NEW YORK (JTA) – It’s a scramble every year, but Jews somehow manage to beat the clock getting dinner to the table on Yom Kippur eve – the most hurried meal on the holiday calendar.
It isn’t easy to conclude the evening meal with enough leeway to arrive at synagogue for the Kol Nidre service, which ushers in this most solemn holiday.
The challenge is finding the time to pull together a meal that is nourishing and light, exalted but not extravagant, yet effortless. It’s even more difficult when Yom Kippur lands in the middle of the work week, as it does this year.
"One Yom Kippur I left the office early, raced home and hurled dinner on the table for my daughter and a couple of friends,” recalls Pamela Vassil, the director of marketing and communications at Hadassah, the Women’s Zionist Organization of America. “I inhaled my food in order to arrive at my shul for the 6 o’clock service and get a seat up front.
"But I ate so quickly, everything sat in my esophagus. It never had a chance to digest. I spent the entire night worried that I’d get sick.”
Wendy Moss, a style and wardrobe consultant in Manhattan, says she used to invite other families who belong to her synagogue.
“But by the time I got to services, I was out of breath and couldn’t relax,” she says.
Moss now cooks only for her immediate family.
Reducing the rush is part of the pre-Yom Kippur experience. Some plan the menu the day after Rosh Hashanah. It’s advisable to select uncomplicated recipes requiring few steps. Plain fare is in line with the serious nature of this holiday.
The pre-fast menu requires special attention. For example, recipes should be low in salt to avoid causing undue thirst on Yom Kippur when drinking anything, including water, is forbidden.
“I do a lot of cooking and freezing in advance,” says Rita Paszamant, a travel agent in Little Silver, N.J. “Since my family expects the same menu every year, preparing for this meal is like falling off a log.”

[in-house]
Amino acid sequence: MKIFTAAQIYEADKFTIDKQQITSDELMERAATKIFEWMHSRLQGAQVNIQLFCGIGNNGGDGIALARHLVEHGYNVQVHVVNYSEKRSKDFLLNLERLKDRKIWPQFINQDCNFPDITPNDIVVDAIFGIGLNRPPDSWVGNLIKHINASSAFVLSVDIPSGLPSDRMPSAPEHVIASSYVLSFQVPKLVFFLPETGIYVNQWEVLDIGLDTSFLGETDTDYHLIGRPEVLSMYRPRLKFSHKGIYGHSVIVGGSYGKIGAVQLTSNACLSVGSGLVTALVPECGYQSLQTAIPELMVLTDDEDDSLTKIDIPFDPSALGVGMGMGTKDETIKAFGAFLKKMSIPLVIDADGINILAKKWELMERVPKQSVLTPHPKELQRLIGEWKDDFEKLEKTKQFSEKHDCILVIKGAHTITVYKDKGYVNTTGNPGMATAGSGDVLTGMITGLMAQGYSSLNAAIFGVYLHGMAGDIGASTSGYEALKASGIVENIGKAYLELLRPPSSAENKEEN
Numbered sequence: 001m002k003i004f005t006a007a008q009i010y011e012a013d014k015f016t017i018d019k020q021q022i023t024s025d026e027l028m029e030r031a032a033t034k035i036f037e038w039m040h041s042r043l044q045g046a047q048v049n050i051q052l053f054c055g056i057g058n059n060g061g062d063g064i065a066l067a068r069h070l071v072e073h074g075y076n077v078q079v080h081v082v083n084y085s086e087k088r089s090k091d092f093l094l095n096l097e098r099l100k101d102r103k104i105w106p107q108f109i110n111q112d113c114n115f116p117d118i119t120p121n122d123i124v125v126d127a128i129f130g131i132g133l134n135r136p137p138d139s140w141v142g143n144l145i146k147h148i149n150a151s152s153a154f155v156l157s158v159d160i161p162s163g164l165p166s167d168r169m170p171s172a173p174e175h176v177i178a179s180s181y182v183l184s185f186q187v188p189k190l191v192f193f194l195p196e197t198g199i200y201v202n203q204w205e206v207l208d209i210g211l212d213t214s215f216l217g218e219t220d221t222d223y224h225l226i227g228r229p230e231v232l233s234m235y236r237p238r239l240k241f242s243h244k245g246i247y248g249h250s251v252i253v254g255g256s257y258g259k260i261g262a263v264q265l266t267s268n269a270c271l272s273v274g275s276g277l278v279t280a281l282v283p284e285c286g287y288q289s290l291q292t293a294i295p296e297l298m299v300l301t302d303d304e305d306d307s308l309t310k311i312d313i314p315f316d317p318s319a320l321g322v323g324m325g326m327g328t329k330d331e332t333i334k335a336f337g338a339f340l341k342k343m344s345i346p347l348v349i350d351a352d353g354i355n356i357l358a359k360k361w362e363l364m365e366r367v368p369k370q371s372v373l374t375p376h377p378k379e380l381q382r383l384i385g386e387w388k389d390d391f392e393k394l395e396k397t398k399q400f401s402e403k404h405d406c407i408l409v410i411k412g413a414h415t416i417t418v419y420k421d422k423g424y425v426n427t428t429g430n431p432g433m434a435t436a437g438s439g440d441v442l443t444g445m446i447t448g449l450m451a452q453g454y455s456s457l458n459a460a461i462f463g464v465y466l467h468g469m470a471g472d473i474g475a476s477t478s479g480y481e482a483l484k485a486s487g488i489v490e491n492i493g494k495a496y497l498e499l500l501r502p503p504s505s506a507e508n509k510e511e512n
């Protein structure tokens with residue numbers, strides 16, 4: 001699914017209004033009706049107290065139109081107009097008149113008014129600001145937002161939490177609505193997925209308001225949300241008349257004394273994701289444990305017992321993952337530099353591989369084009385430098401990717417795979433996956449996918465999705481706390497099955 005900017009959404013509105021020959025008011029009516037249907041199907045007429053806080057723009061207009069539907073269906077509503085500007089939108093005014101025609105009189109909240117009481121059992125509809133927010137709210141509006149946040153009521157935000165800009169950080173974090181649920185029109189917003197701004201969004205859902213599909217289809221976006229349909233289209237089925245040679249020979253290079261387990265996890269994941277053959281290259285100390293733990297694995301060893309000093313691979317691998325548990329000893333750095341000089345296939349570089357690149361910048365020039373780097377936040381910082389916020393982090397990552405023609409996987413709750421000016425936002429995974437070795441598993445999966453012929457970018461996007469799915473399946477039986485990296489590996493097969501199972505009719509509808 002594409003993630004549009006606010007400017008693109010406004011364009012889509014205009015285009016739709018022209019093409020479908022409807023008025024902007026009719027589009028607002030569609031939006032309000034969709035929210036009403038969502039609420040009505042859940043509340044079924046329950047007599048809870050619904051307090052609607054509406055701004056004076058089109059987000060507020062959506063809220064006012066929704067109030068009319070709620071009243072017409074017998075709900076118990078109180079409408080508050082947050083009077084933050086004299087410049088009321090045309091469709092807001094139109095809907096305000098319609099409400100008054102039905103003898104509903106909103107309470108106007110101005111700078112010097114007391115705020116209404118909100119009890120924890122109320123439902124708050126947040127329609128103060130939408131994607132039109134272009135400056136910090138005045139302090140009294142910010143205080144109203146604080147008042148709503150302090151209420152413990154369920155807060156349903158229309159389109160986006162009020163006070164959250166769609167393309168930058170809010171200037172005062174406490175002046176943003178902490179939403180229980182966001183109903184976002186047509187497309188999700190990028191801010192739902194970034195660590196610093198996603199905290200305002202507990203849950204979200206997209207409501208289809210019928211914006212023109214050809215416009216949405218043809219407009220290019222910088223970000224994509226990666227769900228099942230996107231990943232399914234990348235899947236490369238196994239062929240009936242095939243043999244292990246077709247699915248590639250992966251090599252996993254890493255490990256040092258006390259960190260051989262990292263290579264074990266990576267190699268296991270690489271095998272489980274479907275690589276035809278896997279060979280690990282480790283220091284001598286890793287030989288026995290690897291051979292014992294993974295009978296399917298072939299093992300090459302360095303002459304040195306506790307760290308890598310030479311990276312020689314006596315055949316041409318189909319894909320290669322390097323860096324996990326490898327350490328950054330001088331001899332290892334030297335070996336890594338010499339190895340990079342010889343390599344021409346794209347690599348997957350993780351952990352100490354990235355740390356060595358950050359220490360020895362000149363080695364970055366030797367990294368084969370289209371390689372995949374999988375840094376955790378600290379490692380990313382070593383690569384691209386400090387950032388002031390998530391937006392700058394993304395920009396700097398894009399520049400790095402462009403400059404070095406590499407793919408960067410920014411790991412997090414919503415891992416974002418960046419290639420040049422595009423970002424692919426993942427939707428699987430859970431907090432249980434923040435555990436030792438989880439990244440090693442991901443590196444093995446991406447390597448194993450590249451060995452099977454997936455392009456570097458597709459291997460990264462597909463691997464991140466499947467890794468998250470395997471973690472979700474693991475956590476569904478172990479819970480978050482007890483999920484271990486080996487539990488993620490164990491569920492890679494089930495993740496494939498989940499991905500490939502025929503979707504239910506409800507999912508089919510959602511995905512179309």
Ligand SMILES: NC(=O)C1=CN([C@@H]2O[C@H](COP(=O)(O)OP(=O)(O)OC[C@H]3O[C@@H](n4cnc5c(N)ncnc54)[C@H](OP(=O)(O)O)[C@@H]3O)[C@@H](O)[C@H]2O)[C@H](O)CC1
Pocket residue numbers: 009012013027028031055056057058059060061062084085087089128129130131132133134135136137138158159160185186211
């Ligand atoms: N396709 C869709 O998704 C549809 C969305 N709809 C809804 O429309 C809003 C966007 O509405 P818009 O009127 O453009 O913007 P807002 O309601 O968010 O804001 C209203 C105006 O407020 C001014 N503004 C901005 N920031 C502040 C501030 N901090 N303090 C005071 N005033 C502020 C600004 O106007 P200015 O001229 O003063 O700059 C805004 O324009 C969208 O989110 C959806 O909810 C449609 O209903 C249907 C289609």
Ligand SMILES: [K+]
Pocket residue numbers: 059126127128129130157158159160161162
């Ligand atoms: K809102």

As an appetizer, Paszamant offers a choice of chopped liver or gefilte fish, which she buys pre-made.
“The dessert is certainly store-bought, too," she says. "I always serve cinnamon babka, which they all love.”
While purchasing prepared foods is convenient, it can have its down side with the long lines, short tempers, incorrect orders and high prices. Often it’s less stressful to make your family’s favorites at home. Nothing is more nurturing before fasting than the smell of chicken soup and baking apples wafting from the kitchen.
“I do all the cooking myself,” Moss says. “I find it better that way, especially if I plan ahead and stay organized.”
She roasts a chicken – it’s traditional and easy to make.
“I gave up on Cornish hens," Moss says. "They have to be stuffed. It’s an extra step.”
She suggests that one place to cut corners is serving fresh fruit for dessert.
Hours before the sun sets on Yom Kippur eve, Paszamant defrosts the chicken soup and the potted beef she prepared days earlier. Before serving she adds finishing touches such as freshly chopped vegetables.
To save time, Paszamant sets the dining-room table the night before and washes pots and utensils before dinner time.
“Having a warming drawer has been a blessing,” she says, explaining that the feature in her oven maintains the temperature of hot foods without drying them out.
“My family knows we start eating at 5 o’clock on erev Yom Kippur,” she says.
As in most households, her kitchen clean-up is the final hurdle.
“Everyone helps clear the table, course by course,” Paszamant says.
Observant families refrain from performing any manual labor after sunset, when the holiday begins. Many Jews eat dinner extra early so they can quickly wrap leftovers and wash the dishes before leaving for synagogue.
“In past years, I’ve run out and left the dishes in the sink,” Moss says. “If at all possible, I recommend hiring help to clean up the kitchen. That’s the most important thing I’ve figured out.”
Guests have their own stress.
“I keep looking at my watch, wondering if we’ll get out on time,” Vassil says.
The resourceful find a comfortable solution to the dilemma.
“One year I went to a restaurant a block from my shul,” Vassil recalls. “At first I felt guilty about the decision, but I got over that when I saw people from my synagogue sitting at other tables.”
Now she makes a reservation for every Yom Kippur eve.
“I have a leisurely dinner, including a cup of coffee, something I never had time for when I prepared dinner at home,” Vassil says.
But Moss, like many, prefers a traditional home-cooked meal before starting the 24-hour fast. While she calls herself a perfectionist at heart, Moss has become more realistic.